Many of TG's customers are servicemen and women of the U.S. Armed Forces. If you (or your family member) are one of those customers and if, as a result of the ongoing military mobilization, you are activated or reassigned, you may have to interrupt your education, student loan repayment, or both. Should this happen, you might wonder what impact these circumstances may have on your academic progress and student loans.
If you are activated or reassigned for a period of more than 30 days, you may be eligible for some relief, either as a result of the interruption of your education or from your student loan repayment obligation. If this occurs, we encourage you to contact your loan holder, TG, or school. See the guidance below that pertains to your individual situation.
Withdrawal from school
If your circumstances cause you to withdraw from school, your school may be able to provide you with a partial or full refund of tuition, fees, or other institutional expenses. Or your school may also decide to provide you with an institutional credit if you choose to re-enroll after you have completed your military service. If you do decide to resume your education later, your school may also be able to extend flexible re-enrollment options to you. Contact your school for more information on its policies.
TG also recommends that you contact your loan holder if you have to withdraw because of the ongoing military mobilization. Your loan holder should retain your loans — while you are performing your military service — in the same status they were in before you withdrew. Call your loan holder for more information.
Grace period interruption
A student with a Stafford loan who has completed school or has dropped below half-time enrollment has a six-month grace period before he or she is required to make the first payment on his or her student loan. A student with a Perkins loan is eligible for either an initial nine-month grace period or six-month post-deferment grace period. If you are in your grace period and are called to active duty or reassigned, you are eligible for an extension of your grace period for the time you are performing your service and for a period of time necessary for you to resume your education, if you choose to do so. Contact your loan holder for details on this benefit.
Loan repayment interruption
If you are in repayment on a loan under the Federal Family Education Loan Program (FFELP), the William D. Ford Federal Direct Loan Program (FDLP), or the Federal Perkins Loan Program, you are allowed to temporarily cease making payments for up to one year while serving in active duty or reassigned due to the military mobilization. This cessation of payments is called a forbearance. Contact your loan holder for more information.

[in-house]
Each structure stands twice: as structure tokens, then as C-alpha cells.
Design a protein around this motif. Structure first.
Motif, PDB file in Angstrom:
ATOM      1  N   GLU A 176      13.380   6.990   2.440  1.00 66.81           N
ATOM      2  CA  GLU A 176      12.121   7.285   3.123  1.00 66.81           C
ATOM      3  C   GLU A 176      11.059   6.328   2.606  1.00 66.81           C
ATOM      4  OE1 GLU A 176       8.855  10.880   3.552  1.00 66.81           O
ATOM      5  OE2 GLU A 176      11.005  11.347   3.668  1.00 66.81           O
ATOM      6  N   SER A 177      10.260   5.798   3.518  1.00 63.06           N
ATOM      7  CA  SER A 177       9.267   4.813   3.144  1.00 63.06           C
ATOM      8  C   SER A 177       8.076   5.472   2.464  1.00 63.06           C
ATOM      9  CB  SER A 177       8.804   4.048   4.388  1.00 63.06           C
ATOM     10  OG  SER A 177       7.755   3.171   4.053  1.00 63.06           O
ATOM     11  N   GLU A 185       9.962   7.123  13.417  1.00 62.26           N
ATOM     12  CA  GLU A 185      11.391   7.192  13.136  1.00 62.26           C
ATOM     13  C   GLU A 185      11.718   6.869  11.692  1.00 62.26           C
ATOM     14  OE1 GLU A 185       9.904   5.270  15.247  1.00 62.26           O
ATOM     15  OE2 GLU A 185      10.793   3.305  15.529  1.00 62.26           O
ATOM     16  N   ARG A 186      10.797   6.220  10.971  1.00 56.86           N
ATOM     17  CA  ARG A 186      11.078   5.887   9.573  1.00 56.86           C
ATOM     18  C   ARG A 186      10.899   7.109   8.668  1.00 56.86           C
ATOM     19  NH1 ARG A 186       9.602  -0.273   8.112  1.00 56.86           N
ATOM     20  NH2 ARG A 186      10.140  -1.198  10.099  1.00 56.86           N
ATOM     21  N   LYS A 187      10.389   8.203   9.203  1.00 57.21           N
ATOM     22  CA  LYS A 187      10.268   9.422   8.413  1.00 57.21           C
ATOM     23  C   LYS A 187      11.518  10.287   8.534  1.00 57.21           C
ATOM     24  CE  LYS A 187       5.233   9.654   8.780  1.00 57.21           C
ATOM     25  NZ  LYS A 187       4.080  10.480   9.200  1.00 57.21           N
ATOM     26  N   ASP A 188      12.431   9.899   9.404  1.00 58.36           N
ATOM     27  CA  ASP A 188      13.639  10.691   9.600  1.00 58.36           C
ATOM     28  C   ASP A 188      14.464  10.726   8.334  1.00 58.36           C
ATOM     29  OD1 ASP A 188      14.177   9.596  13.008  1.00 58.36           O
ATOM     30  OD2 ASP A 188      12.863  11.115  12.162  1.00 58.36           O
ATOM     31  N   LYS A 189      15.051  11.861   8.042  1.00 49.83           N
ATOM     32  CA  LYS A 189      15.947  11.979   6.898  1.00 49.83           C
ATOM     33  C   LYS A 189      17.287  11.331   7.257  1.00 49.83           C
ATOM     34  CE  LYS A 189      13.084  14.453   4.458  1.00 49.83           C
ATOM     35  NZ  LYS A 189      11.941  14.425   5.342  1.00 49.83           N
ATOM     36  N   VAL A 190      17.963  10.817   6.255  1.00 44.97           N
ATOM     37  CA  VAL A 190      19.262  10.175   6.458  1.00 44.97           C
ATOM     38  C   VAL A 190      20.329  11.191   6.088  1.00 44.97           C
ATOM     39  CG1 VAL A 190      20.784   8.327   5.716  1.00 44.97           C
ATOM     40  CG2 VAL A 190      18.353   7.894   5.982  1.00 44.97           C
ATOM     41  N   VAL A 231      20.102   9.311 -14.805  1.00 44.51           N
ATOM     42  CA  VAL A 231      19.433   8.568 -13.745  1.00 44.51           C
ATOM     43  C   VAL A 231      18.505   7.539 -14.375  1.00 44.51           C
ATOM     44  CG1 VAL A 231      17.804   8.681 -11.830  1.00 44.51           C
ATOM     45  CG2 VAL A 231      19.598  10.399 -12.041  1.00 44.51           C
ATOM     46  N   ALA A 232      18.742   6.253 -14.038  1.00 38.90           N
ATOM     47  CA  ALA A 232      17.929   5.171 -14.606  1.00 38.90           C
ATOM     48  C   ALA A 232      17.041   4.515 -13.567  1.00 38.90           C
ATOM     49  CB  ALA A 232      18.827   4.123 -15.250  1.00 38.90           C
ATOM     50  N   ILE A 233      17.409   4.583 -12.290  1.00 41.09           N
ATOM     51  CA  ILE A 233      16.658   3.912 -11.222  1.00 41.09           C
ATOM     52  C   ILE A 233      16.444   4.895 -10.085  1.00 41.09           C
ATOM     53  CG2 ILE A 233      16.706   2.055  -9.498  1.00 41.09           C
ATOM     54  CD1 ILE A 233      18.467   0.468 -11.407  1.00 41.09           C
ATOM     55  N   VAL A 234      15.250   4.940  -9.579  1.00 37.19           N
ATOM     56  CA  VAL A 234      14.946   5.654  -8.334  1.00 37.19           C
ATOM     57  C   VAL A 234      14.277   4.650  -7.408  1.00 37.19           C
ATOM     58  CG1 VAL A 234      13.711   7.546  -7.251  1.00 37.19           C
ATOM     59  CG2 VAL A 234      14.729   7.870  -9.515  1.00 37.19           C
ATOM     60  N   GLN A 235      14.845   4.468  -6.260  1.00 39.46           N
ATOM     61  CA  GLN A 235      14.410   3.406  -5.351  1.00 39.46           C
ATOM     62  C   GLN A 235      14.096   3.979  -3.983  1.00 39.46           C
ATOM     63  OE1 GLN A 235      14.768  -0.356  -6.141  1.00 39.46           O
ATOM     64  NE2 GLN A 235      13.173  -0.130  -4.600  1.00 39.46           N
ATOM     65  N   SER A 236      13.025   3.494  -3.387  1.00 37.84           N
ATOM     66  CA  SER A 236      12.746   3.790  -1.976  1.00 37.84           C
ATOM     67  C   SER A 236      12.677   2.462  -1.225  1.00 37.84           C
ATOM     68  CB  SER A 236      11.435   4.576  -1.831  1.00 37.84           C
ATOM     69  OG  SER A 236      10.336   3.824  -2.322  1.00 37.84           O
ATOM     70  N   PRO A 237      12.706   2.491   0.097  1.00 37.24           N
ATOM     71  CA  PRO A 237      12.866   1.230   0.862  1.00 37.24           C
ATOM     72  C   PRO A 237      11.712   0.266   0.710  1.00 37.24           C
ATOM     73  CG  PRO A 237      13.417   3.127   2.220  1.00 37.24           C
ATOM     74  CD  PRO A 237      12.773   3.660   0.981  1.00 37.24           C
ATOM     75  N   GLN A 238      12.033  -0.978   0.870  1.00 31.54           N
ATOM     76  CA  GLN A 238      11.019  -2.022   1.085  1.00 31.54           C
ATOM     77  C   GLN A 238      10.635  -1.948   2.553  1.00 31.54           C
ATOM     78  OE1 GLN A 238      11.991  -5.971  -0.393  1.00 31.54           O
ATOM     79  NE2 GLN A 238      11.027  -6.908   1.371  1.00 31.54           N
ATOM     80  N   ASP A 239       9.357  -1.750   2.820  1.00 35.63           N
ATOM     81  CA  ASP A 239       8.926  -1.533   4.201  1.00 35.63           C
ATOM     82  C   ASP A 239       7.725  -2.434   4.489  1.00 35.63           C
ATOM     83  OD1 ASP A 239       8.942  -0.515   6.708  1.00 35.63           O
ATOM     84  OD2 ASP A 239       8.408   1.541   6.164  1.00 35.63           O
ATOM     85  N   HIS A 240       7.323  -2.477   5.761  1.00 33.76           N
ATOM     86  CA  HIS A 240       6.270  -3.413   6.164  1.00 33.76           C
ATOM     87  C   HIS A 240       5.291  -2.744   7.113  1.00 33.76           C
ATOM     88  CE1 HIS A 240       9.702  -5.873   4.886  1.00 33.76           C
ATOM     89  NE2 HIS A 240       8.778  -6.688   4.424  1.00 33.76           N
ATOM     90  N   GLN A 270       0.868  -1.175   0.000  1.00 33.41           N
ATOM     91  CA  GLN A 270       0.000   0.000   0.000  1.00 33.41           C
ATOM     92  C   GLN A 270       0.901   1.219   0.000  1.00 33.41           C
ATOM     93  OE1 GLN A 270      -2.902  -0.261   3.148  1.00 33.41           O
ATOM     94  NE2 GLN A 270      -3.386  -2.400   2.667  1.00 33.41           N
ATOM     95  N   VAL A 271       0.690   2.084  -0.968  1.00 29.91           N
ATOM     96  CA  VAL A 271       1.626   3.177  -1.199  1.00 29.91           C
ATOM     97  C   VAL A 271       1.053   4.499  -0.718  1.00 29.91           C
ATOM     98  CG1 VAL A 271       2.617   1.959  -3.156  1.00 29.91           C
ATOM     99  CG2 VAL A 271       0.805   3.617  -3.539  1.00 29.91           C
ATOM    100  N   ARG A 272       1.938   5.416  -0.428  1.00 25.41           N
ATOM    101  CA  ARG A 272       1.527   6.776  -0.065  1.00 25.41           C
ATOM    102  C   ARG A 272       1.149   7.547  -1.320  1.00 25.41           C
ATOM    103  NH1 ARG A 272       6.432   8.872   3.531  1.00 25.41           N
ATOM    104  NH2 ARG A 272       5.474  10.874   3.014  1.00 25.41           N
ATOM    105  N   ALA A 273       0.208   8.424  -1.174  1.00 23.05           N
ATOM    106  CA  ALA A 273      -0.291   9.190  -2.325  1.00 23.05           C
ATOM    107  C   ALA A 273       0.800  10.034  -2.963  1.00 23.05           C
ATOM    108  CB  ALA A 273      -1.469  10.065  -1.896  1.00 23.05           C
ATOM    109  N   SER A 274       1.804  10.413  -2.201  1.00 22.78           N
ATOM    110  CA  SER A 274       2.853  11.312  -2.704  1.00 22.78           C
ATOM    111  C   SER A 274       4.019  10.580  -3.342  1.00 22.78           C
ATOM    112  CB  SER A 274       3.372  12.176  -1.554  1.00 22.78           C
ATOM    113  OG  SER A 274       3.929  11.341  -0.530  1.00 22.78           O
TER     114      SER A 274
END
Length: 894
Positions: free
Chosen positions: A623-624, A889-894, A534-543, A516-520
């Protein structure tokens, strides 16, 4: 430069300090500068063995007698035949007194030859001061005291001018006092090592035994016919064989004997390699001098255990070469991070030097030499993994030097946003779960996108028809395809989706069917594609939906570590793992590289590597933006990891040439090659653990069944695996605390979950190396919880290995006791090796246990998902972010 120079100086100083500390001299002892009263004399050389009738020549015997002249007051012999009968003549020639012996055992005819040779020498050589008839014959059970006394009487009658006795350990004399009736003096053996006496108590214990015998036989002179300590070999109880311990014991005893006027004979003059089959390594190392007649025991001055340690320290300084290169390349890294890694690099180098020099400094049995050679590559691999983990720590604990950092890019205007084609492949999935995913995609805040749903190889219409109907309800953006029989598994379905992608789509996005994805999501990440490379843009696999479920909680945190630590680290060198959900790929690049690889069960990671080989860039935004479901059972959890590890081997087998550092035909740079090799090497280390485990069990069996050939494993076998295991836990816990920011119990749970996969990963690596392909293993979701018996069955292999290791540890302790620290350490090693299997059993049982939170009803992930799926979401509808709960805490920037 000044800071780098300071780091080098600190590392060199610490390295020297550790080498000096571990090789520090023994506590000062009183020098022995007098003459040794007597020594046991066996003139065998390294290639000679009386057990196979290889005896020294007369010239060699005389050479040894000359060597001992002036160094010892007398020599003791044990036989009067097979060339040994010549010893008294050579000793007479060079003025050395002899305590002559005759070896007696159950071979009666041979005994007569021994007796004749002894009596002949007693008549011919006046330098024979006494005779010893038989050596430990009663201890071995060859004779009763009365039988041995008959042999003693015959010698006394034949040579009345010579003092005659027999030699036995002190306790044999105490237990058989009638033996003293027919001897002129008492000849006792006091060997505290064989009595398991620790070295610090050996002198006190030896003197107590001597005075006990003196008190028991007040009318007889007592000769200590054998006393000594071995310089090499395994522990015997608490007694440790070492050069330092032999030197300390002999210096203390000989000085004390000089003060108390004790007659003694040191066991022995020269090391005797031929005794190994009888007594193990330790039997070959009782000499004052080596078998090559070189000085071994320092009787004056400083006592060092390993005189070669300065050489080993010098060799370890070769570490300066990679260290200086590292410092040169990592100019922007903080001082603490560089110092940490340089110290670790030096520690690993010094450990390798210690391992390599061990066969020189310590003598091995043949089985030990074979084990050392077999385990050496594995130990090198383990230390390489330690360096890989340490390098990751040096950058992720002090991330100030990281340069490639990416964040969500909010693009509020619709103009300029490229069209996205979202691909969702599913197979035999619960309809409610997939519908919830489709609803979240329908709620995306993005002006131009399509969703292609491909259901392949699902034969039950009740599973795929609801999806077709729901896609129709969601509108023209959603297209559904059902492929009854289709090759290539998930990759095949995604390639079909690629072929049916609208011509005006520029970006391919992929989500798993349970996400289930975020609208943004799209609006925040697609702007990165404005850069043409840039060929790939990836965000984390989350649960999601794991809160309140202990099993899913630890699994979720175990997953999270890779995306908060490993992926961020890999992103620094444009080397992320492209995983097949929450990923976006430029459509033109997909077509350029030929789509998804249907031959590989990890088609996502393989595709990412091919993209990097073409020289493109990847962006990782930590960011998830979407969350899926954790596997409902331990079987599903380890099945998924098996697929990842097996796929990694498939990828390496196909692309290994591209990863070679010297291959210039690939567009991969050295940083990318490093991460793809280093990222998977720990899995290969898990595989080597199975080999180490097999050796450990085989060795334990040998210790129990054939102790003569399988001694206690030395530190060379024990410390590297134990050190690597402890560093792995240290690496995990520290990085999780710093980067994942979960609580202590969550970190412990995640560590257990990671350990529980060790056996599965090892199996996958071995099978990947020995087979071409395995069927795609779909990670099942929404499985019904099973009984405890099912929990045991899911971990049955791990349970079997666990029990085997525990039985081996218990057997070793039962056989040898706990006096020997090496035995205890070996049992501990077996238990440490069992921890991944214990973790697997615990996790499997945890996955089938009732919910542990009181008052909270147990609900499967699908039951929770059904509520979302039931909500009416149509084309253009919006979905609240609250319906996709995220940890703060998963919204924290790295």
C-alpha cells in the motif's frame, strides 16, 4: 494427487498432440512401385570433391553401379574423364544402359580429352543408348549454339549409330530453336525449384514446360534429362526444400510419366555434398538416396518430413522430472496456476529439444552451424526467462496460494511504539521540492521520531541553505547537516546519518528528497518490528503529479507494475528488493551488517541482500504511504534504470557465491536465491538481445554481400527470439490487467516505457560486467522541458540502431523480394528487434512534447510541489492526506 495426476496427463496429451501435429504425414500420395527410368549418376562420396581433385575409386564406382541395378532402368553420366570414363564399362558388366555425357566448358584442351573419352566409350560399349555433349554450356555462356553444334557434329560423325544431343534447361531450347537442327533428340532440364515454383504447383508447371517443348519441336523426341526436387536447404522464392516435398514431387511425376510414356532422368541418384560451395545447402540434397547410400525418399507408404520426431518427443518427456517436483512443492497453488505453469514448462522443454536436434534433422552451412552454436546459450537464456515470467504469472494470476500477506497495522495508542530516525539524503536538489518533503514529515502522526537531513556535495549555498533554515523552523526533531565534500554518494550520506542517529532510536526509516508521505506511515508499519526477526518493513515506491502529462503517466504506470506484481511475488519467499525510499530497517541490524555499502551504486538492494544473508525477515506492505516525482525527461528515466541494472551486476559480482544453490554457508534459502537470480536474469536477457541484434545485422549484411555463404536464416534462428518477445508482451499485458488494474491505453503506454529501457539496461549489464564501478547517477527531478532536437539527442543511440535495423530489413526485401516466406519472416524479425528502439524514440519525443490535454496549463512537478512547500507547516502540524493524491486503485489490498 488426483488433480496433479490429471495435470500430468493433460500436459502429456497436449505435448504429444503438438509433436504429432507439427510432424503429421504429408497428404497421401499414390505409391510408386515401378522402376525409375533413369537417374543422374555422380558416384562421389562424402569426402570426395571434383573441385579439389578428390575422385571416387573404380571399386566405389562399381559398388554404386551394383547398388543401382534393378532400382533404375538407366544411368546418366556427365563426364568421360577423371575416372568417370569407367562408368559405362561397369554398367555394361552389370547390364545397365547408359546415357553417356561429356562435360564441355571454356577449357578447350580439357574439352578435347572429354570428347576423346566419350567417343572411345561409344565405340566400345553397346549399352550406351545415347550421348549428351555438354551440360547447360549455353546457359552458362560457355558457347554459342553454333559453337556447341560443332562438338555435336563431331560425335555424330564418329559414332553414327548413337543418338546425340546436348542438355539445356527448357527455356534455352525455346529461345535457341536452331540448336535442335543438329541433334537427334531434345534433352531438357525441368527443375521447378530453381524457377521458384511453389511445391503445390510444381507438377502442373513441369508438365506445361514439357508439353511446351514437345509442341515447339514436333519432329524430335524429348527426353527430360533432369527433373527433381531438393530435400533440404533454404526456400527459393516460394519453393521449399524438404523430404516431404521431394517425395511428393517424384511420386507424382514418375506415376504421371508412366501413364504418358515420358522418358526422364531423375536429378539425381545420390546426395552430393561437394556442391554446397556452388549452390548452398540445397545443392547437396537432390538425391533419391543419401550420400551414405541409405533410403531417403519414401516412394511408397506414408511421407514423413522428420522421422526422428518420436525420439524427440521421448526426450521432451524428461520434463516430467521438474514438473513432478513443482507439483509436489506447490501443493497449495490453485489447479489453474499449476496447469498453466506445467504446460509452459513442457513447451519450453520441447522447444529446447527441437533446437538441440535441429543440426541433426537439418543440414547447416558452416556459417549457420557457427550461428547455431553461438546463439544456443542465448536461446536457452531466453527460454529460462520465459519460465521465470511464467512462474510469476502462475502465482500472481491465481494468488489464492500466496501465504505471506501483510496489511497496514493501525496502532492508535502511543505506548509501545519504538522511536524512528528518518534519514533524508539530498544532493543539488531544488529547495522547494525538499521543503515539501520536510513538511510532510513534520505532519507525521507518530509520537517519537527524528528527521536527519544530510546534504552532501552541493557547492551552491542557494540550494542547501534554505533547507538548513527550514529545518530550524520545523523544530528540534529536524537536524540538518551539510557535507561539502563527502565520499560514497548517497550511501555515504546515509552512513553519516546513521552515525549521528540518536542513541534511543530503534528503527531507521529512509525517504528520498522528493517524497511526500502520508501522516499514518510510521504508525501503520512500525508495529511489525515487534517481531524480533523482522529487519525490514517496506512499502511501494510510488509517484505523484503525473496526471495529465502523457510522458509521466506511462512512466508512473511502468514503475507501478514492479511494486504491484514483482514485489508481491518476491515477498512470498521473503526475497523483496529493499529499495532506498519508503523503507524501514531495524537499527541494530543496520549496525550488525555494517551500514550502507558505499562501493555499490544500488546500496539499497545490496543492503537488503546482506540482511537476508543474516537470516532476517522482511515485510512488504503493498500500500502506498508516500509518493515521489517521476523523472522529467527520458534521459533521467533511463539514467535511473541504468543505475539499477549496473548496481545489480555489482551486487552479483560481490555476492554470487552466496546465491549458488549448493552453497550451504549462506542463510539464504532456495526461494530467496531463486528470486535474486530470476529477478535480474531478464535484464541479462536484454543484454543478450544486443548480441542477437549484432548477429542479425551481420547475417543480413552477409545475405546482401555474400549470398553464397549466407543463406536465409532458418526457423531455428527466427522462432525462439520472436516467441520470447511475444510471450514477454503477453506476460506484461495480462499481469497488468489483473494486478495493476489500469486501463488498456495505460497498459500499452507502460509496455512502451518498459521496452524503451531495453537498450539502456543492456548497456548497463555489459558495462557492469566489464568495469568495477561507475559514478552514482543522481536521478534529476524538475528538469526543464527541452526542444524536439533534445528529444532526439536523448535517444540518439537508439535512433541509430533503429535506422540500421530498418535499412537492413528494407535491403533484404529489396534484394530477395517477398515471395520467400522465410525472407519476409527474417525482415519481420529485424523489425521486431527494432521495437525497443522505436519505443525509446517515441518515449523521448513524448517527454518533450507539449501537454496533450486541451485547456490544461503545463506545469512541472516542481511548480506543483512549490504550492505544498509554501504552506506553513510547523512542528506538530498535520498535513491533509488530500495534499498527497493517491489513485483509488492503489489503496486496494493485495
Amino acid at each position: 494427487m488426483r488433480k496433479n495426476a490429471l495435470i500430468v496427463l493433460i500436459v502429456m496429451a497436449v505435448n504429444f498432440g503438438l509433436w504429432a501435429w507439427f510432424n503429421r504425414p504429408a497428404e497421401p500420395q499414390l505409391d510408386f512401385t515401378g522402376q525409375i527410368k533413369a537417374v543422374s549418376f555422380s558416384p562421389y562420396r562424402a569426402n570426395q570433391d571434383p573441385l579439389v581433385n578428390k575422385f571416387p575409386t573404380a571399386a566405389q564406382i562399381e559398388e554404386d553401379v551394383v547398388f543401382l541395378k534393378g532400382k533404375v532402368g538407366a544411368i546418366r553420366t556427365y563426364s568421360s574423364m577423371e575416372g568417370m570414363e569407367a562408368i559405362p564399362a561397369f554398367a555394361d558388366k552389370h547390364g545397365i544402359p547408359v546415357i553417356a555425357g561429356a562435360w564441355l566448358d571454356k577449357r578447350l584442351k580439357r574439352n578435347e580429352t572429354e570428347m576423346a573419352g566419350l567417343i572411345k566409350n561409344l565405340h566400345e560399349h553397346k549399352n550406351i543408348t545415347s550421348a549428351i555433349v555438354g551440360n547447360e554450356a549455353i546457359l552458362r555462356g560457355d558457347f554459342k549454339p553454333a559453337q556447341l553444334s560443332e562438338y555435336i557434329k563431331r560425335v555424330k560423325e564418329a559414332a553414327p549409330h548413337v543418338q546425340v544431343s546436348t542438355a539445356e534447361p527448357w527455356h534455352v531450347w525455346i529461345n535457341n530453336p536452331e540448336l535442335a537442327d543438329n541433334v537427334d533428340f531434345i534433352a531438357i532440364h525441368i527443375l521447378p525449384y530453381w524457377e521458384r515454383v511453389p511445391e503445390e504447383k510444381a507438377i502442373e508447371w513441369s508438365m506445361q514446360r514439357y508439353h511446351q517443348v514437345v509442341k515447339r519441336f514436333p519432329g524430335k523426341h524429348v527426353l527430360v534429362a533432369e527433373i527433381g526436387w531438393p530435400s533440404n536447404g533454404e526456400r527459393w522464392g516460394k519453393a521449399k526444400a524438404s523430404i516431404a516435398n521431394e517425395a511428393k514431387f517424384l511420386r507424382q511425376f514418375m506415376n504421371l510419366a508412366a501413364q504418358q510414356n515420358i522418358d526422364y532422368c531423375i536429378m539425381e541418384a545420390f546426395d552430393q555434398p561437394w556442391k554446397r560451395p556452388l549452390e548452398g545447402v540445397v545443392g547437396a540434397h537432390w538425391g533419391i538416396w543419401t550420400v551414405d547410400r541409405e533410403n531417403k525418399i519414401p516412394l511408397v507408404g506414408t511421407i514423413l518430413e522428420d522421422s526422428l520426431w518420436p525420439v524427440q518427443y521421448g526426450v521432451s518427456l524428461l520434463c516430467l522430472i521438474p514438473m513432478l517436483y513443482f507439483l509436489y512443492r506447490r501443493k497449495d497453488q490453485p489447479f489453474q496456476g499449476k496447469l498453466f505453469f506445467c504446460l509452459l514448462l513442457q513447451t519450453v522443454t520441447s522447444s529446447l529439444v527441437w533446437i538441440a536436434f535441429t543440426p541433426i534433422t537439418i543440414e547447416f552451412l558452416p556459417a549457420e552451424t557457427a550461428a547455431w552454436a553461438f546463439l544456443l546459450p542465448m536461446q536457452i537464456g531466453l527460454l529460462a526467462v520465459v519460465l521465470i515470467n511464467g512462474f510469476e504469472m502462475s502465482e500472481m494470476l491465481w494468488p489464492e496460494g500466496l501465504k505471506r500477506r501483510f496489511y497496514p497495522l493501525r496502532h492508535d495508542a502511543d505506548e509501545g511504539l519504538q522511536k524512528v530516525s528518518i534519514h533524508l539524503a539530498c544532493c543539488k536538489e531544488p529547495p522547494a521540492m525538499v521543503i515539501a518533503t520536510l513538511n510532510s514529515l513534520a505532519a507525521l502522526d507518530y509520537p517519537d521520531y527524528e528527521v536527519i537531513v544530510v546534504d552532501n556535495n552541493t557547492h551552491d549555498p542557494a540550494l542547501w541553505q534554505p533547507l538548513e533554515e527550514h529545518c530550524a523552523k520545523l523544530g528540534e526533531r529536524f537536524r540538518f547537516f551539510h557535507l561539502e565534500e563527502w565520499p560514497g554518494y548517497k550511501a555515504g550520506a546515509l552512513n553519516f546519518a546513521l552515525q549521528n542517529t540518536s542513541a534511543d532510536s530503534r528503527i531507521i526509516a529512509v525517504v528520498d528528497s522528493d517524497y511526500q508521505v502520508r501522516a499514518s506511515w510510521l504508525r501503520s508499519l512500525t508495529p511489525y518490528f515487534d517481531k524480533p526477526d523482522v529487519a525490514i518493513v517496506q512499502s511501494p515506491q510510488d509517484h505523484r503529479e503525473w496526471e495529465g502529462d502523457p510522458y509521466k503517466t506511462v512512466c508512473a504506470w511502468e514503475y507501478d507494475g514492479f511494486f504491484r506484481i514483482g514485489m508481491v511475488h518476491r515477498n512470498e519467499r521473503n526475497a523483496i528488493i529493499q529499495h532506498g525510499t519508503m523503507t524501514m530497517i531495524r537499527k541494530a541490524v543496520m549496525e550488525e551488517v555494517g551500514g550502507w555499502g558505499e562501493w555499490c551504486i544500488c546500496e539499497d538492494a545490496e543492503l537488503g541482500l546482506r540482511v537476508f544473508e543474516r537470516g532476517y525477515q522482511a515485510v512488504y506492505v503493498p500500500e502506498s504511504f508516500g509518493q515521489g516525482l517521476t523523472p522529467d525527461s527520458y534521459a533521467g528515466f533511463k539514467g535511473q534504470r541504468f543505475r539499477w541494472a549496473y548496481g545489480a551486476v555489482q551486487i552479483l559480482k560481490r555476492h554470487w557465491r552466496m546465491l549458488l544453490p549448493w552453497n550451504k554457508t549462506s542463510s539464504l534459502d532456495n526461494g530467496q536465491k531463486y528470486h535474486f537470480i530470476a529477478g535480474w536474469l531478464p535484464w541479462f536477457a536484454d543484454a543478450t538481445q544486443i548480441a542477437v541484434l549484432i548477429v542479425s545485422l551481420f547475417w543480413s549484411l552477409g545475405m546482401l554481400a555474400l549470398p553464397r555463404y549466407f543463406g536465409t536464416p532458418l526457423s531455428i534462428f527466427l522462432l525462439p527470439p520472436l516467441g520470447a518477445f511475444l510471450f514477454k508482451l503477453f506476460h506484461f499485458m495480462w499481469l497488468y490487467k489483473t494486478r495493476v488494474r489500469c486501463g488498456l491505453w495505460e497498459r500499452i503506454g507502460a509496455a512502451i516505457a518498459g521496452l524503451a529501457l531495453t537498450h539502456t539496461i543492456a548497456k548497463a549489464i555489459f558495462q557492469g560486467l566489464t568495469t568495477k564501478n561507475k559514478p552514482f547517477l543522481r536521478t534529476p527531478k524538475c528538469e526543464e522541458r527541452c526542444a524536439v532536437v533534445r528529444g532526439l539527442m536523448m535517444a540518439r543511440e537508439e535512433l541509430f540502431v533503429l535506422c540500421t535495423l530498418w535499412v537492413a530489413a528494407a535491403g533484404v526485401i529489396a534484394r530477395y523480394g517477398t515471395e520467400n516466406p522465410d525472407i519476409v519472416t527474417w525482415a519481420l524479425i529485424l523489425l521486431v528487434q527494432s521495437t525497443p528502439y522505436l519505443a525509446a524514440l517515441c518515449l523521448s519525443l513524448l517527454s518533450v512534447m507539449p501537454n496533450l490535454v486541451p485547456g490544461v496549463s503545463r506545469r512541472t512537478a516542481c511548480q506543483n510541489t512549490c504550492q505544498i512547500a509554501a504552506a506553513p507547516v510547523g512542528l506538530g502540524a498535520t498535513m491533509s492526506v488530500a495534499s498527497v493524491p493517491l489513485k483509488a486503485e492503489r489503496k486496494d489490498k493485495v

Some borrowers may qualify for a deferment. During a deferment, you are not required to make payments on your loan, and, if you have a subsidized Stafford loan or Perkins loan, the federal government pays the interest on your loan while you are in a deferment. For more information on various types of deferment and to see if you may qualify, refer to www.tgslc.org/borrowers/deferments.cfm.
Interest rate reduction
Under the Servicemembers' Civil Relief Act (SCRA), an eligible borrower is entitled to an interest rate reduction to 6.0% on any FFELP or FDLP loan during the borrower's period of military service. The SCRA covers all active duty service members, reservists, and members of the National Guard while on active duty service as of August 14, 2008.
In addition, an eligible borrower who has a FFELP loan(s) may obtain a Federal Direct Consolidation loan for the purpose of obtaining the no accrual of interest benefit available for active duty service members serving during a war, military operation, or national emergency. This benefit is available for Direct Loans first disbursed on or after October 1, 2008 for a period not to exceed 60 months. To learn more about this benefit and loan consolidation under the FDLP, a borrower should contact the Department of Education.